Leave payday loan regulations to states, attorneys general say

CYNTHIA COFFMAN Attorney general urges Congress against further restrictions of states' ability "to protect their citizens from lending abuses"

Republican Colorado Attorney General Cynthia Coffman and her Democratic counterpart in Massachusetts, Maura Healey, are leading a bipartisan effort of state attorneys general urging Congress not to pass two proposed bills that could impact how states limit interest rates on payday loans.

The 20 attorneys general said in a letter to U.S. Senate leaders last week that two bills they are considering — HR3299, Protecting Consumers' Access of Credit Act of 2017, and HR4439, Modernizing Credit Opportunities Act — would allow non-bank lenders to sidestep state usury laws.

The two measures would allow payday lenders to charge excessive interest rates that would otherwise be illegal under state law, Coffman said.

"Colorado has long exercised its sovereign right to protect consumers from abuse by limiting the interest rates that lenders can charge on consumer loans," Coffman said. "While state interest rate limits are pre-empted by federal law for some bank loans, the pending bills seek to improperly expand that pre-emption to include payday and other non-bank lenders. I join my fellow state attorneys general in urging Congress against the further restrictions of states' ability to protect their citizens from lending abuses."

In the letter, signed by attorneys general in such left-leaning states as California and Hawaii and right-leaning states as Tennessee and Mississippi, the legal officials say the two bills delve into issues long left to the states to decide.

"States have, over time, crafted laws that create a careful balance between access to credit and protecting consumers," they wrote. "Both Congress and the Supreme Court have rejected efforts to circumvent those laws and limit enforcement of them, including state actions against banks."

In Colorado, interest rates on payday loans are already higher than most bank or credit cards, which are capped at 45 percent.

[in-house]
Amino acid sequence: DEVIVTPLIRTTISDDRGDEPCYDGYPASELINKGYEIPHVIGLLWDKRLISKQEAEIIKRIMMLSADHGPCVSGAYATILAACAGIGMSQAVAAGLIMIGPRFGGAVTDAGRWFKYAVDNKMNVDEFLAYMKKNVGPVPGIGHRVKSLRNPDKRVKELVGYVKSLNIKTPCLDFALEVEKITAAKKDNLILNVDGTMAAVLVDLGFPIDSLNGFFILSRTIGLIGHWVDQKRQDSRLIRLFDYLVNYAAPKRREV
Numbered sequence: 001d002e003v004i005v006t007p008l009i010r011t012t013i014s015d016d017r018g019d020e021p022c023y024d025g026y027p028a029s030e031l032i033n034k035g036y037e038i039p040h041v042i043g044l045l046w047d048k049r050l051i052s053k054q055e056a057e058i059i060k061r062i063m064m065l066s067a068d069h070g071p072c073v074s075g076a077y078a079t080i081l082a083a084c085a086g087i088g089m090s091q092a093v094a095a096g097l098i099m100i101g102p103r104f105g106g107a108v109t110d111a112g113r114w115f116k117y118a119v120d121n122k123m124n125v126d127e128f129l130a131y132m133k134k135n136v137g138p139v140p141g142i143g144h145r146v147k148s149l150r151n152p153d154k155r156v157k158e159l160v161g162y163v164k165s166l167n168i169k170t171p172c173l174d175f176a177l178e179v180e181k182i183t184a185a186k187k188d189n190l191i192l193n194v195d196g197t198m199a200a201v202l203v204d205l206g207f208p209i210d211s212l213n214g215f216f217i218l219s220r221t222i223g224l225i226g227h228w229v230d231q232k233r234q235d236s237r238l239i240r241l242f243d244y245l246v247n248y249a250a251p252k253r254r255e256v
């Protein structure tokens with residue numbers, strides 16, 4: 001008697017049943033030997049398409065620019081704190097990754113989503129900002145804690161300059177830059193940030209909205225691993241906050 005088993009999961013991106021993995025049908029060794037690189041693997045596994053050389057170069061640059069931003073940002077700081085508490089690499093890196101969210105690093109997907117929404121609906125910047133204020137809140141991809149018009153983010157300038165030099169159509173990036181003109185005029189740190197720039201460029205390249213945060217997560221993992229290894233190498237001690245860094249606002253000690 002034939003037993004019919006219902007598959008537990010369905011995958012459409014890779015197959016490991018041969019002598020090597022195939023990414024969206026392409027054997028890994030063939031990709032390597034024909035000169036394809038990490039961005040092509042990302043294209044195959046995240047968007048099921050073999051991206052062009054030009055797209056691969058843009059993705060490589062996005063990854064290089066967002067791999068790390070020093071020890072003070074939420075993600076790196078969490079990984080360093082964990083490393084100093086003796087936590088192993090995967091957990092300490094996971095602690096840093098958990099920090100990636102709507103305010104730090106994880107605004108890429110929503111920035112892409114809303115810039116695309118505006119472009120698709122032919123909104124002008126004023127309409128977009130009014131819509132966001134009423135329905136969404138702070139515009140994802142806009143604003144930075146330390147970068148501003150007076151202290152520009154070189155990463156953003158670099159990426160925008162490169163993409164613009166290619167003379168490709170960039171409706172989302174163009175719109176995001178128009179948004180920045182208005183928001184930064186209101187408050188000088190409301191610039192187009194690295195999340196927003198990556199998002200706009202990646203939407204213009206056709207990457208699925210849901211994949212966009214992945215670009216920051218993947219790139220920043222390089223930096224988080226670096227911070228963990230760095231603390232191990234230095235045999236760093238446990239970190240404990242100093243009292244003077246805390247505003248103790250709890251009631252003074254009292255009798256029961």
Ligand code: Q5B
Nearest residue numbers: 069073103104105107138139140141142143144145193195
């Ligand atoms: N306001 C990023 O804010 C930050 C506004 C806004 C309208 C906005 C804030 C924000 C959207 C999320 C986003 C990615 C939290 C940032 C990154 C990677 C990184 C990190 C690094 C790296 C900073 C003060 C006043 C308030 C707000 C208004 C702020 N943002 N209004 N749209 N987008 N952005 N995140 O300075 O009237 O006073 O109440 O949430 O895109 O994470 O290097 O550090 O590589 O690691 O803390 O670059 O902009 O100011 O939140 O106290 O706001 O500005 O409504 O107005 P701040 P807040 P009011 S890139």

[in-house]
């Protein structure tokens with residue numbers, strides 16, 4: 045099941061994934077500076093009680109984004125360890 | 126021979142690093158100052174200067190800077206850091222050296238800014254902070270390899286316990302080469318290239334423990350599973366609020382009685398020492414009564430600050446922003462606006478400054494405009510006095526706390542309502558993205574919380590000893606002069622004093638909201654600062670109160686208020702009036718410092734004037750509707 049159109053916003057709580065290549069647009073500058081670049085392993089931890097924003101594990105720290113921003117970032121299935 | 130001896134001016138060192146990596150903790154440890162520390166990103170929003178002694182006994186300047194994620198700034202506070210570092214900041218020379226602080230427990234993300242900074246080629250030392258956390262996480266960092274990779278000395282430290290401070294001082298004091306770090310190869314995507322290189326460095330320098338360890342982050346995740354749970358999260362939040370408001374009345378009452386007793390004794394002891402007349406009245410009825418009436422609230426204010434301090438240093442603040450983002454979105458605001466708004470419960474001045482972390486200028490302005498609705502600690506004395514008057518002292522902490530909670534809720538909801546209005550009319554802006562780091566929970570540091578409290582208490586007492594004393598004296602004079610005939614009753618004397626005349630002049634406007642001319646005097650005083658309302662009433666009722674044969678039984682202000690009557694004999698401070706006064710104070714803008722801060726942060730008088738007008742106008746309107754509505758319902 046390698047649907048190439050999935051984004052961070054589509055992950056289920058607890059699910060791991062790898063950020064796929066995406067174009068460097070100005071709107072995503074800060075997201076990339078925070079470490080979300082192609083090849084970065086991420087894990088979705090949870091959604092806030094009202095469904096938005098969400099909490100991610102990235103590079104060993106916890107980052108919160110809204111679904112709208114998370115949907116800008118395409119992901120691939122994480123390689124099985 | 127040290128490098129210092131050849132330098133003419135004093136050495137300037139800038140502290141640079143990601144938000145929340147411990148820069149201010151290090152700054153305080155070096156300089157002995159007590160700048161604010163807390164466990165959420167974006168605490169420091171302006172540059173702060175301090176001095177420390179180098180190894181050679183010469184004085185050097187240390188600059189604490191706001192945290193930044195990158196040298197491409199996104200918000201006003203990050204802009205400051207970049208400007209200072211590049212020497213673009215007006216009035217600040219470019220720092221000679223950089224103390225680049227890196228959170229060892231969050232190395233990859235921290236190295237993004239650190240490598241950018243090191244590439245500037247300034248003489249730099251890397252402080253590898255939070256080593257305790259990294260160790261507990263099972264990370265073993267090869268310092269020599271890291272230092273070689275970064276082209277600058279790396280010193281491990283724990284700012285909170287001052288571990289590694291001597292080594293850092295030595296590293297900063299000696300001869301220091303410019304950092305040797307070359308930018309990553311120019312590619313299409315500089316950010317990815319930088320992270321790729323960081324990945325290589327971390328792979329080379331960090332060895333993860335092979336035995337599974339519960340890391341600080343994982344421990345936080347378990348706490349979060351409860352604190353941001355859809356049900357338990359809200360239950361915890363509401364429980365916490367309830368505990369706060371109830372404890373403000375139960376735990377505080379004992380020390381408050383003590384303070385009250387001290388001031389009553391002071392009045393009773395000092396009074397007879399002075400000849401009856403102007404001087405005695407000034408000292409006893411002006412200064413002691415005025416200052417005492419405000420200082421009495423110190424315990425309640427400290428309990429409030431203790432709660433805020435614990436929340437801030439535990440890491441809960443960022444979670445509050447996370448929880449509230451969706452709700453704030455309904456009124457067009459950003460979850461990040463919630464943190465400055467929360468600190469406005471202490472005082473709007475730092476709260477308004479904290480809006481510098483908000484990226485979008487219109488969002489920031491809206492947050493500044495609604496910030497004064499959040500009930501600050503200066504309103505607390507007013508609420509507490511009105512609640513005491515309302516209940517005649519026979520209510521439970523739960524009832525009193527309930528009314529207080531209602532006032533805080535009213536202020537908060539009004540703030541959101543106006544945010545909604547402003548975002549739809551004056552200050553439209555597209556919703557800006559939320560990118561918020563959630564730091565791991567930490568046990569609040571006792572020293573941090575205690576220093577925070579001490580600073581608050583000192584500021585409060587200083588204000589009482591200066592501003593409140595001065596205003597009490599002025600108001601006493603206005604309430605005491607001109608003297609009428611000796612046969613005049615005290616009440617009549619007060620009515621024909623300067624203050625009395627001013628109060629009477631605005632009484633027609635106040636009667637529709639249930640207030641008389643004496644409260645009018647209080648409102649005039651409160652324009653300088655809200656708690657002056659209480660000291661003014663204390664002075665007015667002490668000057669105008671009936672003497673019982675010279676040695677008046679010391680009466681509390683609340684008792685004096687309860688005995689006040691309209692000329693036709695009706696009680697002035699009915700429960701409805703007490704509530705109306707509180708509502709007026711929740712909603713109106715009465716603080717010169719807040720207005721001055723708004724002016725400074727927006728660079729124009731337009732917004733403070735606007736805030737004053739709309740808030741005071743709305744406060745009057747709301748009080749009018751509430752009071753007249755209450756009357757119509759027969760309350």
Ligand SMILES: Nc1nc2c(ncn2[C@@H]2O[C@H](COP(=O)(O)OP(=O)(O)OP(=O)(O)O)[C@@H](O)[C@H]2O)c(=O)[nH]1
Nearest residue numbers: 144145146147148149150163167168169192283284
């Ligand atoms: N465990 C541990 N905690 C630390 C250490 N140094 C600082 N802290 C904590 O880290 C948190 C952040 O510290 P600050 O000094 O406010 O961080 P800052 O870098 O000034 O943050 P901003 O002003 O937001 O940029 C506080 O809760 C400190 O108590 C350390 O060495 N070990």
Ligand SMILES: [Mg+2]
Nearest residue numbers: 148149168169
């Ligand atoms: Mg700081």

According to the Attorney General's Office's annual report on deferred deposit/payday lenders for 2016, the latest data available, there were 414,284 payday loans made during that year for a total of more than $165 million. That's an average of about $400 per loan.

To pay loans of that amount off, borrowers had to pay 45 percent in interest, or about $32.

Additionally, they are charged origination fees of nearly $38 and monthly maintenance fees of $49.

Altogether that averages to an annual percentage rate of 129 percent, according to Coffman's office.

Currently, there are three proposed ballot measures addressing payday loan interest rates. One, Initiative 126, would set the maximum rate at 36 percent and eliminate all fees.

Another, Initiative 183, would reduce that rate to 36 percent, but leave the fees alone, while a third, Initiative 184, also would reduce the monthly maintenance fee from $7.50 a day to $5 a day.

In their letter, the attorneys general said such interest rates and fees could go even higher.

"It is even more important to preserve state law and allow enforcement of those laws against non-bank entities, many of which are regulated primarily at the state level," they wrote. "Congress should not now override state-granted protections in this important sphere of state regulation."

The three proposed citizens' initiatives are in the process of collecting enough signatures to qualify for this fall's ballot. They each have until Aug. 8 to collect signatures from at least 98,492 registered voters.

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